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At midway point, Y’s campaign has raised $12K

Lake County Family YMCA plans close Waukegan branch Oct. 31. | File photo

Lake County Family YMCA plans to close the Waukegan branch on Oct. 31. | File photo

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Lake County Family YMCA facts

Memberships: 2,300

Members: 7,000

Employees: 132

Loss due to declining membership: $450.000 per year

Updated: December 19, 2012 11:55AM



WAUKEGAN — The “Save the Y” effort over the last two weeks has raised $12,000, a tidy sum that unfortunately amounts to a drop in a very leaky bucket.

The Lake County Family YMCA needs between $5 and $8 million to pay off its debt and keep going. The fledgling Save the Y campaign was hastily launched in response to an outcry by members after the agency abruptly announced that it is going broke and plans to close its facilities in Waukegan and Vernon Hills on Oct. 31.

The YMCA has been a staple in Waukegan for 100 years. It has operated in Vernon Hills since 2001.

The campaign has spawned two initiatives: A drive to recruit donors and the organizing of community leaders to find ways to ensure the Y’s long-term financial viability.

Members of the Waukegan Y met on Friday for the second time since the planned closure was announced Sept. 28. In Vernon Hills, where members also have gathered, the village is exploring the possible purchase of the Central Lake YMCA, which would then be operated by the Vernon Hill Park District through an intergovernmental agreement.

When a member asked what that would mean for the Northern Lake facility in Waukegan, Y interim CEO Hal Katz admitted that while divesting of the Vernon Hills facility would cut overhead, long-term sustainability is still an issue.

While the Y will consider selling its holdings, Katz said, it hopes to keep offering services — including fitness programs, before-and after-school care, summer day camp, and swim teams and lessons.

Members raised options including asking willing members to pay double dues, tapping larger philanthropic organizations and swaying the Waukegan Park District toward partnership.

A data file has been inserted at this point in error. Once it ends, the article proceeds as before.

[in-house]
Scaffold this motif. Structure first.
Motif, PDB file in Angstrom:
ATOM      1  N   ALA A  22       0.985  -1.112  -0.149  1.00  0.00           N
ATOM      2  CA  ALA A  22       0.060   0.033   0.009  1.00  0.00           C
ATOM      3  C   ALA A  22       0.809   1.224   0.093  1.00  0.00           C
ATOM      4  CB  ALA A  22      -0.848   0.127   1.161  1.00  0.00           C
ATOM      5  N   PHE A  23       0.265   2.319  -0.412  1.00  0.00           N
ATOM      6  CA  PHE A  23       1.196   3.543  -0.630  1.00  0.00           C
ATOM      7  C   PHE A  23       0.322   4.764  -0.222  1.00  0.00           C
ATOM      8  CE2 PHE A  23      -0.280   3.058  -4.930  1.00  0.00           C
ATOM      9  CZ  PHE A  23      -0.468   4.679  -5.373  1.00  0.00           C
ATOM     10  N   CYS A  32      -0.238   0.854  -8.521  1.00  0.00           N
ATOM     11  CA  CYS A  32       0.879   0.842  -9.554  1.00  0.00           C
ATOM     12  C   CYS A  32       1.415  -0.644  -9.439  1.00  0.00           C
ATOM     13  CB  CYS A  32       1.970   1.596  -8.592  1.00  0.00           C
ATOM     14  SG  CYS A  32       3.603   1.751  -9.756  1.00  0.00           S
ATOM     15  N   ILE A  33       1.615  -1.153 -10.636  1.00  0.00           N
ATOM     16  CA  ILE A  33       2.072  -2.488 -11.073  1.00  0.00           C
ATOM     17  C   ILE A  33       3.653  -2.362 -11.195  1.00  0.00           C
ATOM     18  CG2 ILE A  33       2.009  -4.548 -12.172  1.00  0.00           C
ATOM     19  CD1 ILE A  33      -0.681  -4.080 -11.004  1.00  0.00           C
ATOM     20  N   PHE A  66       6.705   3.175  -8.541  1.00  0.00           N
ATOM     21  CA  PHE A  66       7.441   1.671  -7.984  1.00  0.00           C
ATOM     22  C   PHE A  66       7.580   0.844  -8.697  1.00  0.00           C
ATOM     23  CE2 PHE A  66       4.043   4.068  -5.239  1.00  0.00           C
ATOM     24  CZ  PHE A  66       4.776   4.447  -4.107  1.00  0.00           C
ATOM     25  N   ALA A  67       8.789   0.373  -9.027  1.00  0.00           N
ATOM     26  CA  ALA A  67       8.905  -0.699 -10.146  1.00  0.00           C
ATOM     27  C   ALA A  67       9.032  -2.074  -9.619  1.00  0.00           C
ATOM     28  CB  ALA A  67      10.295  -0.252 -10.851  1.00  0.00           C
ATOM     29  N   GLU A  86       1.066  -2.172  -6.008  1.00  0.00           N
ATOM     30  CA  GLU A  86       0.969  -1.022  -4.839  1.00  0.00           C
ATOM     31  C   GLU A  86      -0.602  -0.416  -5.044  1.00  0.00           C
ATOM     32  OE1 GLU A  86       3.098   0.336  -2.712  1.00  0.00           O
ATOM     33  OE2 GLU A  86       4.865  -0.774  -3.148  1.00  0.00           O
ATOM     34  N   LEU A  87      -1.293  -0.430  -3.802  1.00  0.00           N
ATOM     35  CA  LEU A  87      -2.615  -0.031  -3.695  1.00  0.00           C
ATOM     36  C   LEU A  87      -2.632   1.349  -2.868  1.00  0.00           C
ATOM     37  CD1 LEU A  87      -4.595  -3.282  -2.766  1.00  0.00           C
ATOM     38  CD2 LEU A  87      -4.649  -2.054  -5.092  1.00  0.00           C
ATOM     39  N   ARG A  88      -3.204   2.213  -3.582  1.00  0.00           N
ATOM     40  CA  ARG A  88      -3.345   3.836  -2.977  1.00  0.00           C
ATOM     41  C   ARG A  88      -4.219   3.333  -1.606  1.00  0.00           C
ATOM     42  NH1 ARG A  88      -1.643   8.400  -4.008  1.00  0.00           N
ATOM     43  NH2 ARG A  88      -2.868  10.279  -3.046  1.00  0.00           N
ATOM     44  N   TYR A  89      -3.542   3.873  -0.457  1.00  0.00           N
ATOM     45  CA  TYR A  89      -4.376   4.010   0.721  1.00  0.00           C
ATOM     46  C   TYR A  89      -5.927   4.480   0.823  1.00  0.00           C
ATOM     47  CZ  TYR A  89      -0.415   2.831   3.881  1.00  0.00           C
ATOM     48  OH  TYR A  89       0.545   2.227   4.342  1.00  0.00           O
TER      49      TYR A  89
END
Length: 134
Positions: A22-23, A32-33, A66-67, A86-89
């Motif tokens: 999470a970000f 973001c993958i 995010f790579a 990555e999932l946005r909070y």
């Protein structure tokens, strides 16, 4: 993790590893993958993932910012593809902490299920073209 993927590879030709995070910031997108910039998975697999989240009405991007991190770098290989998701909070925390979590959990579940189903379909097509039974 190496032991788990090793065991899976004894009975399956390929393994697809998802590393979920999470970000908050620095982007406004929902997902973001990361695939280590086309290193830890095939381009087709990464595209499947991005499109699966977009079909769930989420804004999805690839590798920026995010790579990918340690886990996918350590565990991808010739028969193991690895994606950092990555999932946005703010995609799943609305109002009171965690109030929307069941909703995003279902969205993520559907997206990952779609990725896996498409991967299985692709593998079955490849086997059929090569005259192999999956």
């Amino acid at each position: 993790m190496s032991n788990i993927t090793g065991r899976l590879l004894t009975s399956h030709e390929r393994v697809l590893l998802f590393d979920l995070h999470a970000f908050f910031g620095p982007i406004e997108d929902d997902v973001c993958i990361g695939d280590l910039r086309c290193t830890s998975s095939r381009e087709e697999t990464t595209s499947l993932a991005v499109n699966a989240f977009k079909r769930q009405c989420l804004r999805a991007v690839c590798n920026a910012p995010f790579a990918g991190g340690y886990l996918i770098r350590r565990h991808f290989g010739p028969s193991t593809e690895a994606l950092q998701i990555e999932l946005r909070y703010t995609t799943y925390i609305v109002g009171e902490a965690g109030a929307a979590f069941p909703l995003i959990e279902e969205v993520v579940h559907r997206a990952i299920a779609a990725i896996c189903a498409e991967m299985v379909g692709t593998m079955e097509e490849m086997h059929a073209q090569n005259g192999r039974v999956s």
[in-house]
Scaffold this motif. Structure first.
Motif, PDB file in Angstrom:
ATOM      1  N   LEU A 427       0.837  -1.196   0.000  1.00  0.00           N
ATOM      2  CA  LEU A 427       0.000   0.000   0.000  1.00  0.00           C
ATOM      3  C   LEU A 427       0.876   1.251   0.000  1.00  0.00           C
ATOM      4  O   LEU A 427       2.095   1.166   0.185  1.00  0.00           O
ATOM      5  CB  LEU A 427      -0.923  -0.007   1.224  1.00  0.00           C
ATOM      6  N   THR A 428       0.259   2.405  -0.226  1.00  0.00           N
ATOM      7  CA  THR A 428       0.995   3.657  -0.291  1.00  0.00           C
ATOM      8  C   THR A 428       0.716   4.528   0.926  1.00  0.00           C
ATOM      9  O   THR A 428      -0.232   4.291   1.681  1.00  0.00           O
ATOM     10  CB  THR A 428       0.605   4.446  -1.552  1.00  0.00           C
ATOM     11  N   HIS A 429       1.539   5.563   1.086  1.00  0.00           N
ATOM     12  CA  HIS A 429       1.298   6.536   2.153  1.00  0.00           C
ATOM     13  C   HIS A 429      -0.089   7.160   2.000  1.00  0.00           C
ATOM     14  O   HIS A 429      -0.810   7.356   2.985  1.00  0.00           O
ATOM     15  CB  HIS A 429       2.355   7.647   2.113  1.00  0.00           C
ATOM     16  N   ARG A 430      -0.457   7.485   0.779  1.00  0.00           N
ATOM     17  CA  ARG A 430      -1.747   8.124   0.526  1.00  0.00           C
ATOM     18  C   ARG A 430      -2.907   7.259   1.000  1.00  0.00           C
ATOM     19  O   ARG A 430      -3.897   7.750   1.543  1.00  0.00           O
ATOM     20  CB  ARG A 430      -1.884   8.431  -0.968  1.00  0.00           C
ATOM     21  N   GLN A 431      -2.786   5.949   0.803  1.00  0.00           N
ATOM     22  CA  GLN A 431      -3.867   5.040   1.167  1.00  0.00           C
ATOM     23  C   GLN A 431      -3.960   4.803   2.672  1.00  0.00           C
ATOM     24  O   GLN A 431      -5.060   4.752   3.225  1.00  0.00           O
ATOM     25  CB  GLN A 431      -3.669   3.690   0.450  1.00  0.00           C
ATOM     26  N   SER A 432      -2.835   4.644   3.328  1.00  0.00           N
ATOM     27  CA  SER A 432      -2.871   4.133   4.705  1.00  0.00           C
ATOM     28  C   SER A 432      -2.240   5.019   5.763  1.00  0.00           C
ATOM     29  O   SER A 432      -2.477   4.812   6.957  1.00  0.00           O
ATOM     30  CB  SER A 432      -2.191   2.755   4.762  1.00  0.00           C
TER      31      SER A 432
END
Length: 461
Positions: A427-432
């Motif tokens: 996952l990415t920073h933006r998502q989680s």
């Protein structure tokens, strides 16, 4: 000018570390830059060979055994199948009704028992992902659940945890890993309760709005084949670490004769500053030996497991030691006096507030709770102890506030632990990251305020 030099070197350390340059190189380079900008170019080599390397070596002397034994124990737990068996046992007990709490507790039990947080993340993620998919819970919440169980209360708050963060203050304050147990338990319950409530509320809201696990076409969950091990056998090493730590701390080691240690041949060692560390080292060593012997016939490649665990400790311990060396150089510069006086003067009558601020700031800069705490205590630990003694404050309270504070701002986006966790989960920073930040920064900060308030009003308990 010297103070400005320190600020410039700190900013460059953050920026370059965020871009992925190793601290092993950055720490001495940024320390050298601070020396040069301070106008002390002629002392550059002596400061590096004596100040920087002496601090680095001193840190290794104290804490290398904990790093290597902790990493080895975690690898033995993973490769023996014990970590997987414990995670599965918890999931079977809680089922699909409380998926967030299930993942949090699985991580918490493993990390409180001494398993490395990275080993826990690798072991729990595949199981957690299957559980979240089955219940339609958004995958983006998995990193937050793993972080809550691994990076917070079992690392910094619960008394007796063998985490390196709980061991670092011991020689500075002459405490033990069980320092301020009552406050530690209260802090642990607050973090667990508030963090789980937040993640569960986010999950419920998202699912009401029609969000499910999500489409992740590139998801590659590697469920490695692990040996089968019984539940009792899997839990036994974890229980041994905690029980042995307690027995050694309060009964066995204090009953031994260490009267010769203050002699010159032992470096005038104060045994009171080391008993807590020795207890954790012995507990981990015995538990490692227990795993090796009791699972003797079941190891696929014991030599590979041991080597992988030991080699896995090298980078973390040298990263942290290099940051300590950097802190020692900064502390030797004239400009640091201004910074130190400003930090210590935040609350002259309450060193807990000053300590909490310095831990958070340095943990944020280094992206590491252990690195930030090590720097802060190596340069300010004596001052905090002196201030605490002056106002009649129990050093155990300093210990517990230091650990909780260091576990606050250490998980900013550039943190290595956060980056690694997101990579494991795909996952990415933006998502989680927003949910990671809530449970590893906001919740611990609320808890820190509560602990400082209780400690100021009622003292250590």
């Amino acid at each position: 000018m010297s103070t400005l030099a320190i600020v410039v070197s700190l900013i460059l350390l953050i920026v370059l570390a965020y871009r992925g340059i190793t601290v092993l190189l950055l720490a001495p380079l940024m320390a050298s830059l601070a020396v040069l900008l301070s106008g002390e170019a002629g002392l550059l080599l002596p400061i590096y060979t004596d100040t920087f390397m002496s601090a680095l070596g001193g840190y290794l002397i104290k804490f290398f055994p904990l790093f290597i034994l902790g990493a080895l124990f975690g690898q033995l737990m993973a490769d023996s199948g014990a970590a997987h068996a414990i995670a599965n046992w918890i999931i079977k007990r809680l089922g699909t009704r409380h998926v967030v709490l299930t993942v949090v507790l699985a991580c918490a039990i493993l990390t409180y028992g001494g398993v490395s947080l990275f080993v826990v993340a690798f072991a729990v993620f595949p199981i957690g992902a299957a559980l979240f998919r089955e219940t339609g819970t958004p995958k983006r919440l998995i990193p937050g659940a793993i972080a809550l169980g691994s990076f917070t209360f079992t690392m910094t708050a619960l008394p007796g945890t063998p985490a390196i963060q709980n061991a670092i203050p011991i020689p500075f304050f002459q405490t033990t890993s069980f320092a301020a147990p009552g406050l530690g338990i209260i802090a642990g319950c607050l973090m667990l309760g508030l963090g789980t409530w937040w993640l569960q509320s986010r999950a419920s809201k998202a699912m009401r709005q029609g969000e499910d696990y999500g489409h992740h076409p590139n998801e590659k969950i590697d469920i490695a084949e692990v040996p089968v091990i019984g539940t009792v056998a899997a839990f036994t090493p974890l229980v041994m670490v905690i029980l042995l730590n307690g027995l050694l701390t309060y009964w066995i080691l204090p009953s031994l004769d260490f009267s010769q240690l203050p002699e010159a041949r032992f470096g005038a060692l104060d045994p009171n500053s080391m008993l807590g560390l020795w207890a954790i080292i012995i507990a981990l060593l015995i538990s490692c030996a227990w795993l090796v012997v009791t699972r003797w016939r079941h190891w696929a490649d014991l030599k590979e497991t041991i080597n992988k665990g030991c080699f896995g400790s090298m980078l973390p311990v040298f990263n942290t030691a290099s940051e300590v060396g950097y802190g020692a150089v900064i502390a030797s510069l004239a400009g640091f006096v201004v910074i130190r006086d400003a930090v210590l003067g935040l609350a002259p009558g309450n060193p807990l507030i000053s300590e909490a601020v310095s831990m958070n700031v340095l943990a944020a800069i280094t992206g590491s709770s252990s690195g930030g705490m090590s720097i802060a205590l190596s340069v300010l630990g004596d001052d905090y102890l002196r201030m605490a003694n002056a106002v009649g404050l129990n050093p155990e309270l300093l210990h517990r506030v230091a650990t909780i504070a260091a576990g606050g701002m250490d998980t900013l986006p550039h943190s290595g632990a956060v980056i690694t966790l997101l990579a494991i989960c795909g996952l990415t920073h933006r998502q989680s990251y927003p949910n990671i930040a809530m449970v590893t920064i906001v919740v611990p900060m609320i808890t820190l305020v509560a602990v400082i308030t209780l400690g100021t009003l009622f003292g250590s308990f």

“The park district spent tons of money on the (Hinkston Park) fieldhouse,” said Joan Mullejans, of Waukegan, a former Waukegan Y board member, who suggested the district might buy the building at 2000 Western Ave., operate the pool and lease-out the rest.

“From the YMCA perspective, we’d love that,” said Katz. “But the park district has not expressed an interest.”

Katz said that he and other Y leaders, plus Mayor Robert Sabonjian and other city officials, are meeting in person or by conference call to “brainstorm” and share contacts for “organizations and wealthy individuals.” The leading two options are formation of a community partnership and the hiring of an outside “hired gun” or fund-raiser who specializes in working with nonprofits.

“If we can bring in some capital, maybe $300,000, we can stay open for a few more months,” Katz said. “We’re working feverishly. We’re making phone calls and discussions are on-going. The urgency of the situation has changed dramatically and that’s being communicated. Staying open past Oct. 31 is everybody’s goal.”

Waukegan Township Supervisor Patricia Jones urged members to call their city, county and state representatives to urge support for the Save the Y effort.

“We the people can make the difference,” she said.

Y board member Claudia Hoogasian sounded a note of caution.

“We’re running out of money,” she said. “We still owe the bank. We’re current on the loan, but we’re running close to the edge. The bank has board oversight. They could call the loan at any time if we deviate from the path set out in the loan documents.”

Mullejans recalled that the members of her water aerobics group cried when they learned the Waukegan Y could close.

“These are women in their 70s and 80s,” Mullejans said. “They depend on the Y. And what about the employees? I hope the Y can stay open and these people can keep their jobs, because they give so much.”



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